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BANGKOK Straddling the

BANGKOK Straddling the Chao Phraya River, Bangkok is a modern metropolis that never stands still but, by contrast, is also Thailand’s spiritual heartland It is hard to know which way to turn in a city bursting at the seams with over 8 million people, but that is what makes Bangkok so memorable. Exploring Bangkok is a reward in itself. Discover a hidden market, get lost in Chinatown and enjoy a tuk-tuk ride. The capital’s cultural underpinnings are evident in so many elements of everyday life, and most enjoyably through its residents’ sense of fun (known in Thai as sa‐nùk). In Bangkok, anything worth doing should have a dose of sa‐nùk. Ordering food, changing money and haggling at markets will often involve a sense of humor. The city is one of contrasts, with megamalls sitting alongside 200-year-old village houses, city lights illuminating gold-spired temples and Buddist monks shopping for cell phones. High-rise apartments, hotels and shopping centers have closed in on most parts of the city, but not its oldest area—Chinatown. Beyond Sampeng Market is a warren of Taoist temples, herbal medicine vendors, fashion outlets and neon lights. Must-sees The urban sprawl is bursting with temples, palaces and museums, particularly along Bangkok’s historic riverbanks. For a grounding start head to Ko Ratanakosin, the city’s historic center. Leave plenty of time to wander around the Hindu murals of Wat Phra Kaew, gaze at the Emerald Buddha and contemplate the intriguing mix of European and Thai architecture at the Grand Palace. Further south, Wat Pho, the Temple of the Reclining Buddha, is endowed with over a thousand images of Buddha; across the river, Wat Arun, the Temple of Dawn, is adorned with mosaics made from tiny pieces of Chinese porcelain. Another highlight is to take in a slice of India at the colorful Clockwise, from above: The golden spires of Wat Pho; Thai chilies in the market; the cityscape from Benjakiti Park; a tuk-tuk driver 90 VIKING.COM EXPLORE MORE 2020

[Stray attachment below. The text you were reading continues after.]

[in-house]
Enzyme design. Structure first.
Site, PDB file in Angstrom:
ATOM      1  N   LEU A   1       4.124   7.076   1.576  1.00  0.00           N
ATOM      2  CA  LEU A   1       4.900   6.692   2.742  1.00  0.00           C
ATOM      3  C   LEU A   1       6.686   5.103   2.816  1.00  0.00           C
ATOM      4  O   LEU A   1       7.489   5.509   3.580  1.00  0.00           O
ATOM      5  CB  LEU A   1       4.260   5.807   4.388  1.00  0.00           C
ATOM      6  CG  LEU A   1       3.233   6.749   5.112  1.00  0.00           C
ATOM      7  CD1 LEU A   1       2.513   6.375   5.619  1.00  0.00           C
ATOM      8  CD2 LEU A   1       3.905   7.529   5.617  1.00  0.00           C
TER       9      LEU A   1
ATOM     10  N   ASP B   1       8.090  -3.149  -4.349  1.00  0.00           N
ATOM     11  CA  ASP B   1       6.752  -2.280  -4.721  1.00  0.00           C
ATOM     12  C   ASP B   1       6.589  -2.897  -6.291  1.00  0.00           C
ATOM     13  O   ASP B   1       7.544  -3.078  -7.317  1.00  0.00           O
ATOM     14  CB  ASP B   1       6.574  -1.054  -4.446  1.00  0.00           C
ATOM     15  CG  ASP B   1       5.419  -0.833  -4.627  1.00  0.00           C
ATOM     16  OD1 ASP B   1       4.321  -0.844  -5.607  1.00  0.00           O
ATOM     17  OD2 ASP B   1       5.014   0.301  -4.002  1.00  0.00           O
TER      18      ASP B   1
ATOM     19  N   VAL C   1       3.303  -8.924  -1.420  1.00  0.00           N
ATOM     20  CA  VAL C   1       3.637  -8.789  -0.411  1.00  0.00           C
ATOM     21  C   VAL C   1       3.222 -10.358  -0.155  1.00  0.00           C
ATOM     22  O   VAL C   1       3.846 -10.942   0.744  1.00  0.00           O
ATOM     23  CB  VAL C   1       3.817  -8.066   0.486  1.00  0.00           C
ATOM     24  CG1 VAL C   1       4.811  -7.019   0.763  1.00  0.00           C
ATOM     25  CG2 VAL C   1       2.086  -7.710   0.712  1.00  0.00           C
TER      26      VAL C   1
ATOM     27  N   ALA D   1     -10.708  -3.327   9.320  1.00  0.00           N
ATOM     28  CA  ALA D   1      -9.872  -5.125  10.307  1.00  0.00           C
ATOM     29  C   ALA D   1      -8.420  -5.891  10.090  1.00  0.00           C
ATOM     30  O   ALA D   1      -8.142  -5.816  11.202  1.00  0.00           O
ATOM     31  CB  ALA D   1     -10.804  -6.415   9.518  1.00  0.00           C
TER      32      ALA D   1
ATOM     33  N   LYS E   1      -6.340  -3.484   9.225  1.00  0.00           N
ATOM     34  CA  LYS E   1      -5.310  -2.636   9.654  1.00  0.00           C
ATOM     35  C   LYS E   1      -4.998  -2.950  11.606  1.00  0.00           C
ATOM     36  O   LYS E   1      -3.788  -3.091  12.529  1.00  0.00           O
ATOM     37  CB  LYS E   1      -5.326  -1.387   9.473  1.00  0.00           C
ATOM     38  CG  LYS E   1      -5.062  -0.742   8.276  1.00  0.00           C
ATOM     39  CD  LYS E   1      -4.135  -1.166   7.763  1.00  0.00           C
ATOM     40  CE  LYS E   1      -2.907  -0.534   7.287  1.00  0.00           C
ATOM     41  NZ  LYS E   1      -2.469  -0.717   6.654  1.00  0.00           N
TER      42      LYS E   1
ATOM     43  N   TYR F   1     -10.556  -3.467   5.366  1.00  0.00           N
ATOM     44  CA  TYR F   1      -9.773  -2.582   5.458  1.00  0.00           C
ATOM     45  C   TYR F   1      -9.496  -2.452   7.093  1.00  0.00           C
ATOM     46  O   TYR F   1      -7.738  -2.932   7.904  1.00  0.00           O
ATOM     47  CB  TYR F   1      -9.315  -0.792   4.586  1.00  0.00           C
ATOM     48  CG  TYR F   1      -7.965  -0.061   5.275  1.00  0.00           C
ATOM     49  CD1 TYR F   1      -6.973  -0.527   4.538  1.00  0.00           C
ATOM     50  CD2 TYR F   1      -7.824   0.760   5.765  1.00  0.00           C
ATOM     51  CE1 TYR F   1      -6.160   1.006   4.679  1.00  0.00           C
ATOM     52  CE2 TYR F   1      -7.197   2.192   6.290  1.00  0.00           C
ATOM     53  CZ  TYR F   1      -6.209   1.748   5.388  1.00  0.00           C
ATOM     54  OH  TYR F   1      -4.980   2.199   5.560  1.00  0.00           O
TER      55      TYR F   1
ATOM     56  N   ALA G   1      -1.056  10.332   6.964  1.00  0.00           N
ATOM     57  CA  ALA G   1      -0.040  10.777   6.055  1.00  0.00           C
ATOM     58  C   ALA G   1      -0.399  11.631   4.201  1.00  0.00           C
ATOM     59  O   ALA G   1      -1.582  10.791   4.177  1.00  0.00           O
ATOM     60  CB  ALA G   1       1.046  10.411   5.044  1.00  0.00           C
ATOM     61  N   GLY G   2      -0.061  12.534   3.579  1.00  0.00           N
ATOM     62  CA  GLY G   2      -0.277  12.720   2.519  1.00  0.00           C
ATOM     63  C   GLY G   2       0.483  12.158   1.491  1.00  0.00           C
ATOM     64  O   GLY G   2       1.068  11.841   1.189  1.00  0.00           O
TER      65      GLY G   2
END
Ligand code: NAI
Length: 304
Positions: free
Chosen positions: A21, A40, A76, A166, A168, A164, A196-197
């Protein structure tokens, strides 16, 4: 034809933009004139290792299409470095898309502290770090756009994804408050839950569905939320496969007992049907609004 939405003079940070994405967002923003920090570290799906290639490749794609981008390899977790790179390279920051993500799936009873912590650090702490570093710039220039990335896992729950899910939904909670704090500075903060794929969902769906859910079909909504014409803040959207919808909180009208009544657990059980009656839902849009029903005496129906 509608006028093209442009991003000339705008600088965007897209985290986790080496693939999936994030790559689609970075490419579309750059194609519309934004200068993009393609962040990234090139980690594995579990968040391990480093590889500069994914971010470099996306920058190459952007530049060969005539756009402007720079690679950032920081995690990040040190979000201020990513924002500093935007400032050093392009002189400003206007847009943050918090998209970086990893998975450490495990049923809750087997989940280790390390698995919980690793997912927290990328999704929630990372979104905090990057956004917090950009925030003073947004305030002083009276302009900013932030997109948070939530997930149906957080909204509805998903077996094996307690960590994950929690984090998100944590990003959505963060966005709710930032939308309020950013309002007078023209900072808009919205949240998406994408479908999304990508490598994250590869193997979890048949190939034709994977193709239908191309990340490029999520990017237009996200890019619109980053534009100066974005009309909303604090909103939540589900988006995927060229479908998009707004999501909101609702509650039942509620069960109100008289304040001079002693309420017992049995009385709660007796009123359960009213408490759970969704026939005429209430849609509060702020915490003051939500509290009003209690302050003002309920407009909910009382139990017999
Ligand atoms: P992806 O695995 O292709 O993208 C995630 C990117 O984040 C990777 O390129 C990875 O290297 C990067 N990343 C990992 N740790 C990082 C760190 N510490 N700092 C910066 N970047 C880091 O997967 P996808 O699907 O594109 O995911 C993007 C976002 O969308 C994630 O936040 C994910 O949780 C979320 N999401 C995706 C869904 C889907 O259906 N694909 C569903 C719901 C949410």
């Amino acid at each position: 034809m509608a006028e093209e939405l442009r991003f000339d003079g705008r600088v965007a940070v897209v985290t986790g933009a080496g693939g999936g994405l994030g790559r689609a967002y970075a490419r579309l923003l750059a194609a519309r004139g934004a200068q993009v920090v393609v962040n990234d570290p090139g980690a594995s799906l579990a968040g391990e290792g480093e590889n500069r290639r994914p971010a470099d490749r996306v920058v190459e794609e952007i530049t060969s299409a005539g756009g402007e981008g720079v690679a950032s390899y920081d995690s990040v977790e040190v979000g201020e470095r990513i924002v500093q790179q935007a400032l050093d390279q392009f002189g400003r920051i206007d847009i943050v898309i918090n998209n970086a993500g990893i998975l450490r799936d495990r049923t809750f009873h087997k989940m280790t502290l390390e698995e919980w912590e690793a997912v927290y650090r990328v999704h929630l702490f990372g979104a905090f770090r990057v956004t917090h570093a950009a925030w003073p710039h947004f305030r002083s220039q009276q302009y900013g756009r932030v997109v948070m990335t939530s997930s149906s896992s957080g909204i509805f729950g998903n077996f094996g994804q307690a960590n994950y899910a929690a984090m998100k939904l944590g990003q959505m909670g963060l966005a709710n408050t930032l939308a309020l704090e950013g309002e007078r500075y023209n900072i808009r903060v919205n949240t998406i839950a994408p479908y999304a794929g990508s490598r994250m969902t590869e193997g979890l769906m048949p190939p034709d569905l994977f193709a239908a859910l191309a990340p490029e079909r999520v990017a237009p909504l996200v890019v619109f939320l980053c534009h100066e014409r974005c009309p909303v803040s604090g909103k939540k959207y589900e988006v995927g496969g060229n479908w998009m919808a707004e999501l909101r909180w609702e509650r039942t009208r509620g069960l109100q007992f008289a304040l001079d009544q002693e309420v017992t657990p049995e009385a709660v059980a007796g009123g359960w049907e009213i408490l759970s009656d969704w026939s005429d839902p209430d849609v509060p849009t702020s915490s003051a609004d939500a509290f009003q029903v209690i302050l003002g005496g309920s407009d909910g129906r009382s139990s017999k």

CITY GUIDE Hindu Mariamman Temple and admire the exquisite marble craftsmanship at Wat Benchamabophit. Eating Chinatown. It is here that Bangkok’s world-renowned street food scene began, and pots overflowing with crab, noodles and satay still line Yaowarat Road. With so many varying external influences over the years—Chinese, Khmer, European and Muslim—it is not surprising that foodies flock here. After savoring the delights of Chinatown, head to Banglamphu, Bangkok’s Old Town, where old-style Thai street food vendors still use recipes passed down to them through generations. Although there are elegant rooftop bars and up-market hotels, what makes this city sing are the sounds, smells and tastes of street food in Siam Square, Silom Road and Trok Itsaranuphap. Khao gaeng (curry rice), tom yum talay (lemongrass soup with seafood) and khao niew mamuang (mango sticky rice) are all delicious specialties worth trying. Shopping You can get a suit made up in a matter of hours—such is the skill of some of Thailand’s tailors—but Bangkok shopping offers more than that. From Burmese lacquerware to rattan goods, hand-painted Indonesian palatas (shawls) and fine-woven silverware baskets from Chiang Mai, there are antiques to admire aplenty. Jim Thompson’s famous Thai Silk Shop has beautiful handmade clothes as well as leatherware and accessories. Visit the huge, thriving Chatuchak Weekend Market if you want to try your hand at bargaining. Go online: Watch a video of the Bangkok, Bali & Beyond itinerary at EXPLORE MORE 2020 VIKING.COM 91